SoftBank Group Corp. is looking to offload $550 million (¥62 billion) of debt it provided to WeWork Inc. more than a year ago when the office sharing company faced a cash crunch and needed financing, according to people with knowledge of the matter.

The Japanese conglomerate is selling the bonds to institutional investors at around 85.6 cents on the dollar, for a yield of about 9.875%, according to the sources, who asked not to be identified because the discussions are private.

WeWork’s other bonds declined after news of the upcoming sale. The company’s 7.875% notes due May 2025 fell to 94 cents on the dollar, the lowest levels since March, and were one of the biggest decliners in the U.S. junk-bond market Tuesday, according to Trace pricing data. Their yields now exceed those of the securities that SoftBank is selling, and are above the 7.2% average for bonds in the same ratings tier, according to Bloomberg index data.

“SoftBank selling in the mid-80s is not exactly a vote of confidence,” said Bill Zox, a high-yield bond portfolio manager at Brandywine Global Investment Management which doesn’t own WeWork bonds.

The company is still unprofitable, and the omicron variant of the coronavirus could further weigh on its results, said Noel Hebert, director of credit research at Bloomberg Intelligence.

A spokesperson for SoftBank said the sale is, in fact, a sign of its confidence in WeWork, pointing to “WeWork’s impressive performance for the months of October and November.” In a statement on Monday, the company said its occupancy in November grew by 2 percentage points from the month before to 61%, and that it sold about 55,000 gross desks in November, up from around 45,000 in October.

The bond sale “is consistent with ongoing efforts to diversify WeWork’s investor base,” the spokesperson added. The office rental company said on Monday that SoftBank had extended the maturity on a credit facility for WeWork by a year to 2024, also a sign of confidence.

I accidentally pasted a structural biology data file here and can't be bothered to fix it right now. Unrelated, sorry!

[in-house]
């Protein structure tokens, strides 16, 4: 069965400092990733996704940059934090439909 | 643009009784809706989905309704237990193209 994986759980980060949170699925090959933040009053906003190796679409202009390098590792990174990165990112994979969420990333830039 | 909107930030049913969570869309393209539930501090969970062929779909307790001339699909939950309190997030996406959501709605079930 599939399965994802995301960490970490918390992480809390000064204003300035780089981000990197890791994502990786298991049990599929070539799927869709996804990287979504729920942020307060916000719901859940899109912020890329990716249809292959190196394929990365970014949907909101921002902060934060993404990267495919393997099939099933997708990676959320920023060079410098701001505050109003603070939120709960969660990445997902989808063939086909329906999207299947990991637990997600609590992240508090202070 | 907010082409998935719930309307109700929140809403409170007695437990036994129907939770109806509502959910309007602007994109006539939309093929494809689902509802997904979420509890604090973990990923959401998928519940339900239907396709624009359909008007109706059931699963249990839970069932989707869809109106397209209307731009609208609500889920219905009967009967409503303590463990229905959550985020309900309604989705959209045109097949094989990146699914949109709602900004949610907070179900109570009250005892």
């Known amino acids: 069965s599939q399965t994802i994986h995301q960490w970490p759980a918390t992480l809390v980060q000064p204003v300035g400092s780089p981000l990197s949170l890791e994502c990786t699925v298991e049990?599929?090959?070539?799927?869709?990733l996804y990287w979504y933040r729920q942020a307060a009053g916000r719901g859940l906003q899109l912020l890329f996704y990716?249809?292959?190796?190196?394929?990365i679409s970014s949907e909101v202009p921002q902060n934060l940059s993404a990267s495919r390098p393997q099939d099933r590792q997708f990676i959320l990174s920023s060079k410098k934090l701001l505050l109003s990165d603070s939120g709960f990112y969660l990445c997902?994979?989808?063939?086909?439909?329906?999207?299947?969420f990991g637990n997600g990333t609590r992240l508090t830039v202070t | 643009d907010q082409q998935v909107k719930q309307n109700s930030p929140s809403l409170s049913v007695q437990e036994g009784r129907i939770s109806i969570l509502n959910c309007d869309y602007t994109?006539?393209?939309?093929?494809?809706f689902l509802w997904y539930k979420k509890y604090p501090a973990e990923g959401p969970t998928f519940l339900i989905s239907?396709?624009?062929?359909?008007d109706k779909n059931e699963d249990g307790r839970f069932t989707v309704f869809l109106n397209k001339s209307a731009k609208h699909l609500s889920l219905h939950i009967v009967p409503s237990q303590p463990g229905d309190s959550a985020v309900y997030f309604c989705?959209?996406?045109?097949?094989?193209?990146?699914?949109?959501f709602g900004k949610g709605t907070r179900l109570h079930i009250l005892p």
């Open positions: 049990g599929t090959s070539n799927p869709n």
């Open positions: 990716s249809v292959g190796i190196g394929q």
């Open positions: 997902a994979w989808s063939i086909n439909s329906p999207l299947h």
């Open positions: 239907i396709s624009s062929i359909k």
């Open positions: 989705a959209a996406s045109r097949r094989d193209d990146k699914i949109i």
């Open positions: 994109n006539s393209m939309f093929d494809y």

WeWork tried to go public two years ago, and failed, forcing it to get additional financing from SoftBank in late 2019 and in 2020, including loans and the notes. In October, WeWork successfully combined with a blank check company, and it now trades on the New York Stock Exchange.

The notes that SoftBank is selling now were part of the $2.2 billion of securities it bought from WeWork in July 2020, that mature in 2025. The bonds will be split into two series and the Japanese company will retain a $1.65 billion portion, according to a copy of the offering documents seen by Bloomberg. They have a coupon of 5%.

A WeWork spokesperson said, “facilitating this transaction provides WeWork with the opportunity to diversify its investor base and access to a group of strong institutional investors.”

WeWork plans to host a call with investors at 3:00 p.m. New York time to market the sale, which is expected to be completed on Thursday.

Fitch Ratings assigned a CCC- rating to the debt, one of the lowest junk ratings, noting uncertainty around the office market including the potential for the evolving omicron coronavirus variant to hit demand for leasing space.

“WeWork would require additional liquidity sources if the office market remains depressed for an elongated period,” Fitch wrote in the note.

S&P Global Ratings affirmed WeWork’s senior unsecured credit ratings at CCC+, two levels above Fitch, but has a negative outlook on the company’s ratings, signaling a chance of a downgrade in the medium-to-long term.

A representative for JPMorgan Chase & Co., the lead bookrunner on the offering, declined to comment.

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